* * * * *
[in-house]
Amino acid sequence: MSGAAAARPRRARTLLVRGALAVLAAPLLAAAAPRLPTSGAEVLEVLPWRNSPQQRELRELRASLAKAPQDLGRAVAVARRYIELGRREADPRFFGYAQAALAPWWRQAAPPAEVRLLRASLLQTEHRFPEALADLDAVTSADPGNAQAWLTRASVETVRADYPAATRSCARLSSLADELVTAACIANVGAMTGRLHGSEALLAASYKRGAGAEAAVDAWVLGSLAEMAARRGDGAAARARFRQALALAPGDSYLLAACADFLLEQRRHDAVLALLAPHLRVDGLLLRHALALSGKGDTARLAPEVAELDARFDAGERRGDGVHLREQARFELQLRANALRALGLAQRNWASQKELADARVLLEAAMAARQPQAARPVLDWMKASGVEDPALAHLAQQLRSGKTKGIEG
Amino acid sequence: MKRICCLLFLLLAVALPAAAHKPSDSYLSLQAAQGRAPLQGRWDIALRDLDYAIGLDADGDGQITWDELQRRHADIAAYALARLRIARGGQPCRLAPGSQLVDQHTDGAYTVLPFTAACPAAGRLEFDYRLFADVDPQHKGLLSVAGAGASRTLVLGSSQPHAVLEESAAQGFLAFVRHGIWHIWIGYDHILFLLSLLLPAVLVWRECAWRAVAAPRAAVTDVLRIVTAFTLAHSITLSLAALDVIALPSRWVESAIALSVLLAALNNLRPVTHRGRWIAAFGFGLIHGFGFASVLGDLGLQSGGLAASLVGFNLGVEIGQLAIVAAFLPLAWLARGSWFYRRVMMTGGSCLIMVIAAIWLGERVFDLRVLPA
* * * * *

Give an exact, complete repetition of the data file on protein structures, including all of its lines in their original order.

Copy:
[in-house]
Amino acid sequence: MSGAAAARPRRARTLLVRGALAVLAAPLLAAAAPRLPTSGAEVLEVLPWRNSPQQRELRELRASLAKAPQDLGRAVAVARRYIELGRREADPRFFGYAQAALAPWWRQAAPPAEVRLLRASLLQTEHRFPEALADLDAVTSADPGNAQAWLTRASVETVRADYPAATRSCARLSSLADELVTAACIANVGAMTGRLHGSEALLAASYKRGAGAEAAVDAWVLGSLAEMAARRGDGAAARARFRQALALAPGDSYLLAACADFLLEQRRHDAVLALLAPHLRVDGLLLRHALALSGKGDTARLAPEVAELDARFDAGERRGDGVHLREQARFELQLRANALRALGLAQRNWASQKELADARVLLEAAMAARQPQAARPVLDWMKASGVEDPALAHLAQQLRSGKTKGIEG
Amino acid sequence: MKRICCLLFLLLAVALPAAAHKPSDSYLSLQAAQGRAPLQGRWDIALRDLDYAIGLDADGDGQITWDELQRRHADIAAYALARLRIARGGQPCRLAPGSQLVDQHTDGAYTVLPFTAACPAAGRLEFDYRLFADVDPQHKGLLSVAGAGASRTLVLGSSQPHAVLEESAAQGFLAFVRHGIWHIWIGYDHILFLLSLLLPAVLVWRECAWRAVAAPRAAVTDVLRIVTAFTLAHSITLSLAALDVIALPSRWVESAIALSVLLAALNNLRPVTHRGRWIAAFGFGLIHGFGFASVLGDLGLQSGGLAASLVGFNLGVEIGQLAIVAAFLPLAWLARGSWFYRRVMMTGGSCLIMVIAAIWLGERVFDLRVLPA